Dismiss Notice
Join Physics Forums Today!
The friendliest, high quality science and math community on the planet! Everyone who loves science is here!

Stieltjes integral

  1. Jul 28, 2010 #1
    Hello all,

    I have the following question:

    If [tex]F,G[/tex] are right-continuouse functions, and if I define [tex] F(t) = \int_{(0,t]}F(u-)dG(u) [/tex], then is [tex]F(t)[/tex] here a left-continuous function of [tex]t[/tex] since both [tex]F,G[/tex] cannot "jump together", so we eliminate the term [tex]\sum \Delta F \Delta G[/tex]?

    Or is it correct to say [tex]F(t-) = \int_{(0,t]}F(u-)dG(u) [/tex]? If all are wrong, would anyone kindly explain and provide some references?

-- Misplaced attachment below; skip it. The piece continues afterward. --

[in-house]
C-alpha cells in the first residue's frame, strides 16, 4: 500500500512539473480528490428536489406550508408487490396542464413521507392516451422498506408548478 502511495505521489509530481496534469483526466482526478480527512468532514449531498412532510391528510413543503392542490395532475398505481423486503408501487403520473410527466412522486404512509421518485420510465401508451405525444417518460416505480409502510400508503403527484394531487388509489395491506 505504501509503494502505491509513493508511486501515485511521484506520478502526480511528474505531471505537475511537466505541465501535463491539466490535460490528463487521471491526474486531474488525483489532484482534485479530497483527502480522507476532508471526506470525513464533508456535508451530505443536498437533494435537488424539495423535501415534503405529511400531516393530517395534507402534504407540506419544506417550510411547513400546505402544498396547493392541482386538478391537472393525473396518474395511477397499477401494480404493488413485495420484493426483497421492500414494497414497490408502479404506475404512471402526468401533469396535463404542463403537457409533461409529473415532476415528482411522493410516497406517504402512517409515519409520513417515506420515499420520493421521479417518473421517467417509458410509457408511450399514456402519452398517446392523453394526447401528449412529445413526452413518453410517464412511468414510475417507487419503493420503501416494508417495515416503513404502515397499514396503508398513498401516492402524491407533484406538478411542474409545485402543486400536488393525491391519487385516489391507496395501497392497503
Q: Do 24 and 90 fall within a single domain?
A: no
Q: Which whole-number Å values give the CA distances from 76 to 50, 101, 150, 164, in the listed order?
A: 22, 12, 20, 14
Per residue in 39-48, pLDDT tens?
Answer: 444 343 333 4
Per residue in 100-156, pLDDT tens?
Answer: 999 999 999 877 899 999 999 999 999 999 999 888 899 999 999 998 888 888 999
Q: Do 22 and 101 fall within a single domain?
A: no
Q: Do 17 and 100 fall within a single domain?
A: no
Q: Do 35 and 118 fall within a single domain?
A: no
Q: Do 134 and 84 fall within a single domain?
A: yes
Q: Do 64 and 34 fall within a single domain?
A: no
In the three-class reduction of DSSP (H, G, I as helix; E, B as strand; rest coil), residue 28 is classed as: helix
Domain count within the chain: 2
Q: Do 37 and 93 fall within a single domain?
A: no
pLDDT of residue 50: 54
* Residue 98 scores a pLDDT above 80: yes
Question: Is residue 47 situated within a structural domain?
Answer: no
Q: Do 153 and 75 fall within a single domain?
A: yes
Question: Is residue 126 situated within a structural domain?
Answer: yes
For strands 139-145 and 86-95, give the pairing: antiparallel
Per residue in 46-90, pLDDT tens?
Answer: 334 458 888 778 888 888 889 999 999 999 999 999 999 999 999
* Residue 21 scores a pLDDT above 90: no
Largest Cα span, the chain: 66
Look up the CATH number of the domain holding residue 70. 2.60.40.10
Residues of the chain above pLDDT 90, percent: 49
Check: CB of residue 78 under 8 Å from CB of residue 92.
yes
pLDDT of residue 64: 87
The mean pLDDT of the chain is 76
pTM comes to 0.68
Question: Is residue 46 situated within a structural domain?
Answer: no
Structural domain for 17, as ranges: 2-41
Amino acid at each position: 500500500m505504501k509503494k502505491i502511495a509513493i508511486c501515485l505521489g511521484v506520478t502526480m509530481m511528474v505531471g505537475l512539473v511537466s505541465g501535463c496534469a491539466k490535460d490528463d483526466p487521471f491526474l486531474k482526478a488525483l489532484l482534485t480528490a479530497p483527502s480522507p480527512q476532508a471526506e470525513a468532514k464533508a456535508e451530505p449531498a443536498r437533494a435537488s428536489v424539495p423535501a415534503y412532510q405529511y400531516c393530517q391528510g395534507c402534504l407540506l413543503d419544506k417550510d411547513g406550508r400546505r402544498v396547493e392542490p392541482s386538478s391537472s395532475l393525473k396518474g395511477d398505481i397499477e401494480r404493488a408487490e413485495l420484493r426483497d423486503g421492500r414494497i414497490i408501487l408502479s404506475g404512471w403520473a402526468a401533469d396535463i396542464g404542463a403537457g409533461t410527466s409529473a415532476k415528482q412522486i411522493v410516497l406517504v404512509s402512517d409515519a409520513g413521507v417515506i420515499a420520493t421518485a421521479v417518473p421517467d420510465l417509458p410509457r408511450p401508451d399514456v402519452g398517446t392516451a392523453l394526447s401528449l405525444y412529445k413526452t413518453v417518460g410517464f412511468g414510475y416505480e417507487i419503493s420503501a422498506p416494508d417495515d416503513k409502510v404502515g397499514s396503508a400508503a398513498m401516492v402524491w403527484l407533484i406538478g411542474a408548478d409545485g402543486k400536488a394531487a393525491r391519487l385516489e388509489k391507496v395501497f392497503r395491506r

Thanks very much!

    Wayne
     
  2. jcsd
  3. Jul 28, 2010 #2

    mathman

    User Avatar
    Science Advisor
    Gold Member

    Your equations are a little confusing. You have F as both the integrand and the integral of the Stieltjes integral.
     
  4. Jul 28, 2010 #3
    Indeed in my reference it said [tex] F [/tex] can be represented in this form of integral.

    Or I should ask if both [tex] F,G [/tex] are right-continuous, is the integral [tex] \int_{(0,t]}F(u-)dG(u) [/tex] left-continuous? And how to justify formally?

    Thanks very much!
     
Know someone interested in this topic? Share this thread via Reddit, Google+, Twitter, or Facebook